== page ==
A Day To Remember rocks Royal Oak Music Theatre

Choruses of sniffles and coughs came from the long line of fans outside the Royal Oak Music Theatre as they waited to get inside for the sold out A Day To Remember show.

After all, this show was all about the fans.

A member of Tricon security, the venue’s private security detail, estimated the venue’s capacity at 1,600. According to an official Royal Oak Music Theatre notice, the show was overbooked by at least 100 people. In other words, the theatre was packed to the last square inch.

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The ambient music played through the speakers as the opening band prepared to take the stage. The overzealous fans eagerly sang along to whatever the venue threw at them while they waited. Metallica, Black Sabbath, Disturbed, System of a Down and even Eminem.

The tour’s lineup consisted of openers Of Mice and Men, Chunk! No, Captain Chunk!, and headliner A Day To Remember. But, fans at this show were in for a little change of plans.

According to BG News, Of Mice and Men vocalist Austin Carlile was arrested for felonious assault early on Saturday, so the band was absent from the tour for the show in Royal Oak on extremely short notice.

[singlepic id=775 w=320 h=240 float=left] The tour contacted local band SycAmour just a few hours prior to the show, who agreed to perform. The band, consisting of six Detroit-born musicians, took the stage to a crowd of cheering, albeit somewhat confused fans.

But, even on such short notice, SycAmour’s set elicited wild approval from the crowd. SycAmour brought a special piece of concert intrigue to the table – on the third song, they did a hardcore cover of Adele’s “Set Fire to the Rain,” an inspired, unique addition to an already exciting set list. Sycamour vocalist Tony Sugent occasionally jumped off stage into the photo pit to reach over the barricade and embrace fans, and hold the microphone for them to sing along. SycAmour left the stage after their set, retreating to their merchandise table, where they spent the rest of the night meeting fans.

Again, this show was all about the fans.

The second opener, French band Chunk! No, Captain Chunk! did not disappoint the precedent set by SycAmour. Starting with crowd favorite, “Captain Blood,” the band started to play some of their brand-new songs like “Restart” and “We Fell Fast.” The fourth track was another unique hardcore concert variation – “We R Who We R” by Ke$ha. The band covered a song from the completely opposite genre that the fans expected, and was able to get the fans cheering and jumping nonetheless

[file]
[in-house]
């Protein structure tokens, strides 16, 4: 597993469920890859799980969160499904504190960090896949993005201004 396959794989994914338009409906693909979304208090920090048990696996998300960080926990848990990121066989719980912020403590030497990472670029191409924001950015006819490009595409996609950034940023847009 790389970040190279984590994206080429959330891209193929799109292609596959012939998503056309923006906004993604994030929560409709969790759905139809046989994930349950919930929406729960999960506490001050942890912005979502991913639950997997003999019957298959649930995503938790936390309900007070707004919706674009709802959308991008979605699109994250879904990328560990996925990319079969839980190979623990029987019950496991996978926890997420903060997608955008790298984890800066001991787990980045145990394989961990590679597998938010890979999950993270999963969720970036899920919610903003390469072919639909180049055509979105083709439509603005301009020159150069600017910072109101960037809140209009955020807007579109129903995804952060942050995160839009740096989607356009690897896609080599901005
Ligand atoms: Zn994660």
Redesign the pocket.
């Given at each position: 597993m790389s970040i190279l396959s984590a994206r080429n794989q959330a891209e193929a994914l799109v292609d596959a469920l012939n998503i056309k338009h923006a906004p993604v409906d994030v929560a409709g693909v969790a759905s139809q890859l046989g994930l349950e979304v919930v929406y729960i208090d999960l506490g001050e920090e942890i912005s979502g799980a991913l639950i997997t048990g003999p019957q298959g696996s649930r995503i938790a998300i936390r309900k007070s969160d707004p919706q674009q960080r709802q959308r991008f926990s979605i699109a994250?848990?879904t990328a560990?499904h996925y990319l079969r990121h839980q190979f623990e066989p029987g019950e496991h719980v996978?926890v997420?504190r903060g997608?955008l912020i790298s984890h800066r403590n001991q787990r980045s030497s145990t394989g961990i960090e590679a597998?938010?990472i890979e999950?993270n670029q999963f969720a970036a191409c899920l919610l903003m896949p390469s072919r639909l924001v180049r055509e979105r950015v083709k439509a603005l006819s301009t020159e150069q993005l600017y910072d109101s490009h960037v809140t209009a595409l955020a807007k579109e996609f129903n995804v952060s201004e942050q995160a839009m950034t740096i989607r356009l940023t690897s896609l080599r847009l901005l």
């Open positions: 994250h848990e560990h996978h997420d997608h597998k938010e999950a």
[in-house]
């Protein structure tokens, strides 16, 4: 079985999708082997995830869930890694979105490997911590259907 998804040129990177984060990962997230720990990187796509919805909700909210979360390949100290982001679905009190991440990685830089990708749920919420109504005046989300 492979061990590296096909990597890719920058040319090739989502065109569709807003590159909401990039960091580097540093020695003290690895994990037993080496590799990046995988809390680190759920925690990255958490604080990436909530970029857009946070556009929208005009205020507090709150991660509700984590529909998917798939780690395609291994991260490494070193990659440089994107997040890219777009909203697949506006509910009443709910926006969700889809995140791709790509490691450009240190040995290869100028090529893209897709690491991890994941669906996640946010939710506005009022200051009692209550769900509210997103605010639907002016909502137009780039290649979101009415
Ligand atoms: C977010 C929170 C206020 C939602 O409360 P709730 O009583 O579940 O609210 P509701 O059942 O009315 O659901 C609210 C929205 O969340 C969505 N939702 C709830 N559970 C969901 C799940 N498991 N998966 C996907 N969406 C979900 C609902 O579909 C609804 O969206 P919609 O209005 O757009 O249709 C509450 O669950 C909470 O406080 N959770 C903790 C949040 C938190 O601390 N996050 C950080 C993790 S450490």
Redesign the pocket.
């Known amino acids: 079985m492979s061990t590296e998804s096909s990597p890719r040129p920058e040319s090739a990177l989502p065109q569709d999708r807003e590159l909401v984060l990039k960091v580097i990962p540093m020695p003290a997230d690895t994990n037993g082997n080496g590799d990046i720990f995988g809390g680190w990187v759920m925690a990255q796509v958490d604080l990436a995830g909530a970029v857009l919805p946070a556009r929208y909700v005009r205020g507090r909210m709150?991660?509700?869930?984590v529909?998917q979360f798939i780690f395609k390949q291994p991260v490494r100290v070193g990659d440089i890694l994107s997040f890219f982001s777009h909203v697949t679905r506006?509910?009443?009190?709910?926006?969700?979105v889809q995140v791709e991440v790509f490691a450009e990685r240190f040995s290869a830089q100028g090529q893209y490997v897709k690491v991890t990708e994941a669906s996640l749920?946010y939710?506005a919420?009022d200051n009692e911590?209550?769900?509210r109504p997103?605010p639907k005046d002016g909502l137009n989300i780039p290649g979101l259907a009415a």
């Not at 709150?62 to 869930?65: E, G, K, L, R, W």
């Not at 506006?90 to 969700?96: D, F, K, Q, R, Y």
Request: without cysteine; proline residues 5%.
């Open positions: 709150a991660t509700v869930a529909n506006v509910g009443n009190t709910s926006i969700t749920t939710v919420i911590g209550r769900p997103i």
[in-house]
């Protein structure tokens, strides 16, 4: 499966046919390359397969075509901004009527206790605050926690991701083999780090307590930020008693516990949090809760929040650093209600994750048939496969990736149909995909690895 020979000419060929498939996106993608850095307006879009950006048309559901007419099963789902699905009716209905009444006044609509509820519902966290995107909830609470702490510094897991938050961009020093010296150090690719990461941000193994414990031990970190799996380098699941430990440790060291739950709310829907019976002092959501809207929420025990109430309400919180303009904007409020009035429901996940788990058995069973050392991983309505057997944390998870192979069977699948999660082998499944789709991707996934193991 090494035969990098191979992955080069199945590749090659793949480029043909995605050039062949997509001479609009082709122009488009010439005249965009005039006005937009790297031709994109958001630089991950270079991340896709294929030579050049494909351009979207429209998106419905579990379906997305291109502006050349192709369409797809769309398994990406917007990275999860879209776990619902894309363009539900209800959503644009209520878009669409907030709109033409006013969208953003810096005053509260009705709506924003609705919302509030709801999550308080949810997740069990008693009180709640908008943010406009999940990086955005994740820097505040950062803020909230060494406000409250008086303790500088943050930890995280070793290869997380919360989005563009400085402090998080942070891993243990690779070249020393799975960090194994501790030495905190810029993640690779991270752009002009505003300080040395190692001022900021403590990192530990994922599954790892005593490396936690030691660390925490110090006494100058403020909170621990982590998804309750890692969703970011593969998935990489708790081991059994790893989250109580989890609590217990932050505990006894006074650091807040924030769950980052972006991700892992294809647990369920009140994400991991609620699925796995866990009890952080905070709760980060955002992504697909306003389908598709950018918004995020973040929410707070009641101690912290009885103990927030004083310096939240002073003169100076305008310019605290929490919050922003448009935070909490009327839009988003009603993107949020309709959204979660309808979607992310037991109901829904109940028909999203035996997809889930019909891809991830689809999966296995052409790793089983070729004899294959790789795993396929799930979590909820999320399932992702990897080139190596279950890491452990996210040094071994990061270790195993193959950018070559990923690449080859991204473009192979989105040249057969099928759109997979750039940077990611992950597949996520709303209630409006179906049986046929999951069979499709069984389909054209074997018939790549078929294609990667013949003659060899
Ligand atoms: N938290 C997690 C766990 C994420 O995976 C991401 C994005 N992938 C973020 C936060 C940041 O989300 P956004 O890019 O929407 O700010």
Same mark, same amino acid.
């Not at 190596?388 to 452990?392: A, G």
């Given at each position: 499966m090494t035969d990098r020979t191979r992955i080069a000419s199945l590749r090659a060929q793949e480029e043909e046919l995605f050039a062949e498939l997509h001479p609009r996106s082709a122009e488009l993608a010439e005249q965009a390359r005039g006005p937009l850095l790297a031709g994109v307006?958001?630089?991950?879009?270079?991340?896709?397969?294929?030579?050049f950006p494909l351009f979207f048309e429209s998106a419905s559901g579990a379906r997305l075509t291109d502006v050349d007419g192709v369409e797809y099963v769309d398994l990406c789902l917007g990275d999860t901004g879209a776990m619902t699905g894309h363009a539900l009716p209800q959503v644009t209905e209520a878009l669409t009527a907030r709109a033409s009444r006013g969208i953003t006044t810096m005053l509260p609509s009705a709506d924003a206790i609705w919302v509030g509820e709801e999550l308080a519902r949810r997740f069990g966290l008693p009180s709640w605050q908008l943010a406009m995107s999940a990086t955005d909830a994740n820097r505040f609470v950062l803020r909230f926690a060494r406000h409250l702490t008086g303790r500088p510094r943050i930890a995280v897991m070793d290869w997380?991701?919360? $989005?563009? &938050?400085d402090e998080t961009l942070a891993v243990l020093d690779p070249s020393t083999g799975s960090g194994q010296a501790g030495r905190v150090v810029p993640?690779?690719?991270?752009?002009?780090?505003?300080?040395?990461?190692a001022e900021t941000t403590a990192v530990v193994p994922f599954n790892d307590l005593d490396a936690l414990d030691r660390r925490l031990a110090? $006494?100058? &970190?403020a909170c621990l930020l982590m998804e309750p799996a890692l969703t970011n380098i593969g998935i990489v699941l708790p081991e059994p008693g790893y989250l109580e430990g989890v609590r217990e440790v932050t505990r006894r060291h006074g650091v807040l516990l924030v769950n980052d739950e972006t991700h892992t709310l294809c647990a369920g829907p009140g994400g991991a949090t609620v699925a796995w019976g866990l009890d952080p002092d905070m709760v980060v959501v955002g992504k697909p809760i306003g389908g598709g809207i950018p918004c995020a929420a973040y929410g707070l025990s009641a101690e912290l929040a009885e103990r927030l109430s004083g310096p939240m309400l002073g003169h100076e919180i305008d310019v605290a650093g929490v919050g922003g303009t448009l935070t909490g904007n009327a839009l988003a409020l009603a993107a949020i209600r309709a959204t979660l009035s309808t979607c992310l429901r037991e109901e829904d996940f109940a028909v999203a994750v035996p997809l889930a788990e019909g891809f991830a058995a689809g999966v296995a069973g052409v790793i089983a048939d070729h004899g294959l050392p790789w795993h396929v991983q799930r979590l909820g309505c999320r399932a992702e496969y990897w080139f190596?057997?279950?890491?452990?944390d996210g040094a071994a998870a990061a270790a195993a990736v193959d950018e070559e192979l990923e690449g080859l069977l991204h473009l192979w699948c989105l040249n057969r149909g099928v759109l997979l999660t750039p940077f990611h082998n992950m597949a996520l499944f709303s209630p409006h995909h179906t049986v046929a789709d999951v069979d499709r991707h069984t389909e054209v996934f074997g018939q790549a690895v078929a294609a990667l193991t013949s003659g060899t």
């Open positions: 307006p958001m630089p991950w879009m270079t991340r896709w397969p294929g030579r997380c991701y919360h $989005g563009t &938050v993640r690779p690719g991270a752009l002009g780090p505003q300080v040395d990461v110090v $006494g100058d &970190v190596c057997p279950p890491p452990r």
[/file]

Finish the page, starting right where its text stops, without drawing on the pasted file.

Chunk! No, Captain Chunk! finished their six song set and left the stage as the crowd died down again. But, this would be the last time the crowd would be quiet for the night. [singlepic id=793 w=320 h=240 float=right]

All of the sudden, all of the lights blacked out, and the crowd roared. One light turned on, illuminating A Day To Remember drummer Alex Shelnutt taking his place at an elevated position on the far end of the stage behind his custom-designed compass drum kit.

The rest of the band entered the stage, as the crowd cheered louder and louder. As front man and vocalist Jeremy McKinnon entered the stage, the band started to play their first song of the set – “Violence (Enough is Enough)”.

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The crowd roared, and shouted the lyrics along with the band as they progressed through their set list.

McKinnon, following suit from the two bands prior, made every effort possible to get the crowd involved. Leaning off stage to offer the microphone towards the crowd, throwing guitar picks and other memorabilia, and assuming the role of A Day to Remember’s own ‘hype man’ in between songs.

The band’s monstrous 90-minute set list featured select songs from all four of their studio albums, including their new song, “Right Back at it Again.” After the 17th song, the band left the stage, as the fans cheered for an encore.

The band took the stage again, and performed two acoustic songs, “It’s Complicated” and “If it Means a Lot to You,” as the crowd sang along, some holding up phones to resemble lighters and swaying.

The band played two more songs, “All I Want” and arguably their most recognizable song “The Downfall of Us All” as the crowd sang along, getting progressively louder as their singing changed into hoarse shouting.

As the concert ended, the 1,600 fans poured out of the Royal Oak Music Theatre, hoarse, tired and sweaty.

This was a concert for the fans, and a show to remember.


Photos by Dylan Dulberg:

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